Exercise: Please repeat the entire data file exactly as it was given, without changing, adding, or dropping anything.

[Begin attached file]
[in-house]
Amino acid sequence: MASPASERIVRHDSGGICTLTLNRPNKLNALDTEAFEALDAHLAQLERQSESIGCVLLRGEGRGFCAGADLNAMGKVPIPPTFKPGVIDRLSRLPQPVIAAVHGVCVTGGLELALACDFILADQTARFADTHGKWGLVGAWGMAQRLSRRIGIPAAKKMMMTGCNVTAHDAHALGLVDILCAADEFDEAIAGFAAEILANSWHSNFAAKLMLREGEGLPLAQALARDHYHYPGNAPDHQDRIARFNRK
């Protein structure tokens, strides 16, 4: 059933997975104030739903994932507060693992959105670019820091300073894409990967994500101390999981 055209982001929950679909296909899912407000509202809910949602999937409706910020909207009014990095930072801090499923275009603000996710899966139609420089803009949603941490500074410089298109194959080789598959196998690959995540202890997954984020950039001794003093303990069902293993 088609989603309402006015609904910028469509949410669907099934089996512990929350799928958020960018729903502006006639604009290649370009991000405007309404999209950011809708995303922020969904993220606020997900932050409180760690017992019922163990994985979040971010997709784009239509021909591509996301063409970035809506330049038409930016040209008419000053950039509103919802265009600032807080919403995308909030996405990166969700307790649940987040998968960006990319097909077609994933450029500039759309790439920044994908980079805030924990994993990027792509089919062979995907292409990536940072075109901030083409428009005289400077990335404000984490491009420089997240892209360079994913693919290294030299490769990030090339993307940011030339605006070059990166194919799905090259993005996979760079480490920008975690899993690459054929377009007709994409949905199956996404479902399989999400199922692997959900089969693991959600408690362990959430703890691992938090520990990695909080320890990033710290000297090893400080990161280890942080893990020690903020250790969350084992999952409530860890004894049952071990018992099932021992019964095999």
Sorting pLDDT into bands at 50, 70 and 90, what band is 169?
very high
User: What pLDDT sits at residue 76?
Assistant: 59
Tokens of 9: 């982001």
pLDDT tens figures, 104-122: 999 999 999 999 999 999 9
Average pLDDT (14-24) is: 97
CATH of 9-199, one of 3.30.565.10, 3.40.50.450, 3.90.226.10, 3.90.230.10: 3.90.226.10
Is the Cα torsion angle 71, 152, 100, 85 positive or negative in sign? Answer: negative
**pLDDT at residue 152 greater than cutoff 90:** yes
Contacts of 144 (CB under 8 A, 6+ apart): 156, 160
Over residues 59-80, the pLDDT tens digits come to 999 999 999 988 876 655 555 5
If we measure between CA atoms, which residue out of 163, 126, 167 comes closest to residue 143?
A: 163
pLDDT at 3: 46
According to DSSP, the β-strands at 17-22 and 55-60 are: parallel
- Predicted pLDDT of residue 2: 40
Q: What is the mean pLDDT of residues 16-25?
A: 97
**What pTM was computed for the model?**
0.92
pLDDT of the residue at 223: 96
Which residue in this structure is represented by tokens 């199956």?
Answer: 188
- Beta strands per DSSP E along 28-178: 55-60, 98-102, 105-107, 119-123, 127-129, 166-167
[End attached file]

[in-house]
Amino acid sequence: MASPASERIVRHDSGGICTLTLNRPNKLNALDTEAFEALDAHLAQLERQSESIGCVLLRGEGRGFCAGADLNAMGKVPIPPTFKPGVIDRLSRLPQPVIAAVHGVCVTGGLELALACDFILADQTARFADTHGKWGLVGAWGMAQRLSRRIGIPAAKKMMMTGCNVTAHDAHALGLVDILCAADEFDEAIAGFAAEILANSWHSNFAAKLMLREGEGLPLAQALARDHYHYPGNAPDHQDRIARFNRK
């Protein structure tokens, strides 16, 4: 059933997975104030739903994932507060693992959105670019820091300073894409990967994500101390999981 055209982001929950679909296909899912407000509202809910949602999937409706910020909207009014990095930072801090499923275009603000996710899966139609420089803009949603941490500074410089298109194959080789598959196998690959995540202890997954984020950039001794003093303990069902293993 088609989603309402006015609904910028469509949410669907099934089996512990929350799928958020960018729903502006006639604009290649370009991000405007309404999209950011809708995303922020969904993220606020997900932050409180760690017992019922163990994985979040971010997709784009239509021909591509996301063409970035809506330049038409930016040209008419000053950039509103919802265009600032807080919403995308909030996405990166969700307790649940987040998968960006990319097909077609994933450029500039759309790439920044994908980079805030924990994993990027792509089919062979995907292409990536940072075109901030083409428009005289400077990335404000984490491009420089997240892209360079994913693919290294030299490769990030090339993307940011030339605006070059990166194919799905090259993005996979760079480490920008975690899993690459054929377009007709994409949905199956996404479902399989999400199922692997959900089969693991959600408690362990959430703890691992938090520990990695909080320890990033710290000297090893400080990161280890942080893990020690903020250790969350084992999952409530860890004894049952071990018992099932021992019964095999």
Sorting pLDDT into bands at 50, 70 and 90, what band is 169?
very high
User: What pLDDT sits at residue 76?
Assistant: 59
Tokens of 9: 């982001």
pLDDT tens figures, 104-122: 999 999 999 999 999 999 9
Average pLDDT (14-24) is: 97
CATH of 9-199, one of 3.30.565.10, 3.40.50.450, 3.90.226.10, 3.90.230.10: 3.90.226.10
Is the Cα torsion angle 71, 152, 100, 85 positive or negative in sign? Answer: negative
**pLDDT at residue 152 greater than cutoff 90:** yes
Contacts of 144 (CB under 8 A, 6+ apart): 156, 160
Over residues 59-80, the pLDDT tens digits come to 999 999 999 988 876 655 555 5
If we measure between CA atoms, which residue out of 163, 126, 167 comes closest to residue 143?
A: 163
pLDDT at 3: 46
According to DSSP, the β-strands at 17-22 and 55-60 are: parallel
- Predicted pLDDT of residue 2: 40
Q: What is the mean pLDDT of residues 16-25?
A: 97
**What pTM was computed for the model?**
0.92
pLDDT of the residue at 223: 96
Which residue in this structure is represented by tokens 């199956």?
Answer: 188
- Beta strands per DSSP E along 28-178: 55-60, 98-102, 105-107, 119-123, 127-129, 166-167